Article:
5. A variety of DOE and other approaches to retrofitting existing buildings for efficiency could increase energy efficiency by about 20%. Perhaps 1 billion tons of CO2 per year worldwide by 2020.
6. Reducing carbon dioxide emissions from concrete. 5% of world total. There is green cement which can absorb carbon dioxide. Green cement is unlikely to be deployed on a wide scale by 2020 because of the need for long term studies to prove develop and prove the safety of the new materials. Also, the new material have to be scaled up.
7. Scaling up of regular nuclear power and hydro power. The world will add about 1000 TWh of hydropower and about 1200 TWh of nuclear power.
8. Nuclear fission technology advances –
* Annular fuel (MIT invented, being commercialized in South Korea (can boost existing and future reactors by 20-50%)
* factory mass produced pebble bed reactors (China under 210 MWe being built, first 2013-2014)
* factory mass produced breeder reactors Russia, first in 2018-2020
* Hyperion Power Generation 25 MWe reactors, first in 2014-2018. Could be used to convert container ships to nuclear power. China COSCO shipping company was interested in nuclear shipping. Nuclear shipping would reduce pollution from the worst grade of oil – bunker fuel. 5000 ships would be like electrifying 100 million cars.
Should be big impact from 2018-2030
9. Johannes Lehmann of Cornell University estimates that by switching to slash-and-char from slash-and-burn agriculture, which turns biomass into ash using open fires that release black carbon and GHGs, 12% of anthropogenic carbon emissions caused by land use change could be reduced annually, which is approximately 660 million tons of CO2-eq. per year, or 2% of all annual global CO2-eq emissions.
Lighter roads and roofs too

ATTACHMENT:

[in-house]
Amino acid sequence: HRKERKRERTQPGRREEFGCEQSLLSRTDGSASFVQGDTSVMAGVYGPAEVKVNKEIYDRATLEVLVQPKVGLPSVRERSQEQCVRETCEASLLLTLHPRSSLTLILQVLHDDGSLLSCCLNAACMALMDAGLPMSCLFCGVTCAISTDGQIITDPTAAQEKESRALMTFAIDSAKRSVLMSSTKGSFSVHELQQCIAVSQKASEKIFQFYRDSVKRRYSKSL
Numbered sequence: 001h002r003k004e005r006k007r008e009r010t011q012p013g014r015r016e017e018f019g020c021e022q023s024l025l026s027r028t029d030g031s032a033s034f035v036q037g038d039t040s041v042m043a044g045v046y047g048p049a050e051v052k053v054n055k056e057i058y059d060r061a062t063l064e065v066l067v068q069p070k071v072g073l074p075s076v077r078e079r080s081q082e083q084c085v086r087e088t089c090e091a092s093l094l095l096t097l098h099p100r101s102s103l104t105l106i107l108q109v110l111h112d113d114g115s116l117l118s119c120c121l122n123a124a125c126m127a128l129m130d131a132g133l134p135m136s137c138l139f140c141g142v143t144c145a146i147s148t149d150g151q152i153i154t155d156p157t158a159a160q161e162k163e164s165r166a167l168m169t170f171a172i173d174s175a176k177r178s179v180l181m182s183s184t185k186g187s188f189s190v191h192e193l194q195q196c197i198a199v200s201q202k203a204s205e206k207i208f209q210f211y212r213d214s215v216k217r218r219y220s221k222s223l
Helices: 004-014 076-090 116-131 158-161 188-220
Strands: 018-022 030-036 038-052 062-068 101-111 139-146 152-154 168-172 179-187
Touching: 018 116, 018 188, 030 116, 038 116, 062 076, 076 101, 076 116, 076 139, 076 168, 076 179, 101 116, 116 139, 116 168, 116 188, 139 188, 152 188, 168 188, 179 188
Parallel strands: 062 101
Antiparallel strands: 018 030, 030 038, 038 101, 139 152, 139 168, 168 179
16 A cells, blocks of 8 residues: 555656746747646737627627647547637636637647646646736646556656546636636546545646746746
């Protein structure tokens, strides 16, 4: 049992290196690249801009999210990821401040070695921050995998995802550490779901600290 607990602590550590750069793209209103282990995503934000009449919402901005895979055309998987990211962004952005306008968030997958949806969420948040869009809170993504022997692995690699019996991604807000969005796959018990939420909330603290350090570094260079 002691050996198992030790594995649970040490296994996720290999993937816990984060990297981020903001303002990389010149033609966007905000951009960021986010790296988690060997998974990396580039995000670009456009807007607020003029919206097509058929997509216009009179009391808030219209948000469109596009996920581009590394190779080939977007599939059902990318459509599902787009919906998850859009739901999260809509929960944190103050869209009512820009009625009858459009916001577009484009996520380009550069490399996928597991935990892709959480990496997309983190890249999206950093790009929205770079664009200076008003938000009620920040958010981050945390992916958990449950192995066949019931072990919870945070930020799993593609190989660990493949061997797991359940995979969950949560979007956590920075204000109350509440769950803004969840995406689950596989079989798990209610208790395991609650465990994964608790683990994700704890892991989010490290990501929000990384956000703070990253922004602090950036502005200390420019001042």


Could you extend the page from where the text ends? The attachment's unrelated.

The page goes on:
From now until 2040, if you want to have a 0.75 degree celsius increase instead of a possible 1.25 degree celsius temperature increase then soot mitigation should be targeted. Measure against CO2 would have an effect by around 2070.
Soot makes the ice darker and melt faster and increases the amount of heat that is absorbed instead of reflected.
Geoengineering is simple and cheap
The cost to construct a Stratospheric Shield with a pumping capacity of 100,000 tons a year of sulfur dioxide would be roughly $24 million, including transportation and assembly. Annual operating costs would run approximately $10 million. The system would use only technologies and materials that already exist—although some improvements may be needed to existing atomizer technology in order to achieve wide sprays of nanometer-scale sulfur dioxide particles and to prevent the particles from coalescing into larger droplets. Even if these cost estimates are off by a factor of 10 (and we think that is unlikely), this work appears to remove cost as an obstacle to cooling an overheated planet by technological means.
HIGH-FLYING BLIMPS, based on existing protoypes, could support a hose no thicker than a fire hose (above) to carry sulfur dioxide as a clear liquid up to the stratosphere, where one or more nozzles (below) would atomize it into a fine mist of nanometer-scale aerosol particles.
The iron dusting and algae bloom sinking method would be used if you also want to prevent ocean acidification.